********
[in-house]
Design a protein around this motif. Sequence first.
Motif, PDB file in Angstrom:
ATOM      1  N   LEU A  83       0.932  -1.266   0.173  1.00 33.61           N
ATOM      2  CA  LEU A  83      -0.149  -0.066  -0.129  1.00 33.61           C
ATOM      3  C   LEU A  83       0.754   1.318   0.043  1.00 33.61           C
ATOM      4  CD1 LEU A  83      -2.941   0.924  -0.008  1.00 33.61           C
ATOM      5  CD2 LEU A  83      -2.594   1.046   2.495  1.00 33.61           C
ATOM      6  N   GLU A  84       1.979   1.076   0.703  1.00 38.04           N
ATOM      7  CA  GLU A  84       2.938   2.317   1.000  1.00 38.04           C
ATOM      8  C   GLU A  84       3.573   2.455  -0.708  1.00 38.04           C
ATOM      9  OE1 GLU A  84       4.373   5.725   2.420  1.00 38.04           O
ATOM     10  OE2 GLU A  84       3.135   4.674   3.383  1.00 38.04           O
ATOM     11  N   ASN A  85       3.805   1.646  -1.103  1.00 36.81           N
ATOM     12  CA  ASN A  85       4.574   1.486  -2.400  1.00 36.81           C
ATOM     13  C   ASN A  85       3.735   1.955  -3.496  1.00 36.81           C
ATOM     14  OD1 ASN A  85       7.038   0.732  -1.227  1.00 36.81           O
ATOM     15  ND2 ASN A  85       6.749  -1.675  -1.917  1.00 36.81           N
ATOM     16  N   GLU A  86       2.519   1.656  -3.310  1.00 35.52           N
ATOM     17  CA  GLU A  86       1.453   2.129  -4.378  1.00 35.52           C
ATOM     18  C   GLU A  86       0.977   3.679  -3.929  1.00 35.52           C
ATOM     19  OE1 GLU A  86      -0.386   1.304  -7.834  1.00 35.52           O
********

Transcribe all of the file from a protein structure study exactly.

[in-house]
Design a protein around this motif. Sequence first.
Motif, PDB file in Angstrom:
ATOM      1  N   LEU A  83       0.932  -1.266   0.173  1.00 33.61           N
ATOM      2  CA  LEU A  83      -0.149  -0.066  -0.129  1.00 33.61           C
ATOM      3  C   LEU A  83       0.754   1.318   0.043  1.00 33.61           C
ATOM      4  CD1 LEU A  83      -2.941   0.924  -0.008  1.00 33.61           C
ATOM      5  CD2 LEU A  83      -2.594   1.046   2.495  1.00 33.61           C
ATOM      6  N   GLU A  84       1.979   1.076   0.703  1.00 38.04           N
ATOM      7  CA  GLU A  84       2.938   2.317   1.000  1.00 38.04           C
ATOM      8  C   GLU A  84       3.573   2.455  -0.708  1.00 38.04           C
ATOM      9  OE1 GLU A  84       4.373   5.725   2.420  1.00 38.04           O
ATOM     10  OE2 GLU A  84       3.135   4.674   3.383  1.00 38.04           O
ATOM     11  N   ASN A  85       3.805   1.646  -1.103  1.00 36.81           N
ATOM     12  CA  ASN A  85       4.574   1.486  -2.400  1.00 36.81           C
ATOM     13  C   ASN A  85       3.735   1.955  -3.496  1.00 36.81           C
ATOM     14  OD1 ASN A  85       7.038   0.732  -1.227  1.00 36.81           O
ATOM     15  ND2 ASN A  85       6.749  -1.675  -1.917  1.00 36.81           N
ATOM     16  N   GLU A  86       2.519   1.656  -3.310  1.00 35.52           N
ATOM     17  CA  GLU A  86       1.453   2.129  -4.378  1.00 35.52           C
ATOM     18  C   GLU A  86       0.977   3.679  -3.929  1.00 35.52           C
ATOM     19  OE1 GLU A  86      -0.386   1.304  -7.834  1.00 35.52           O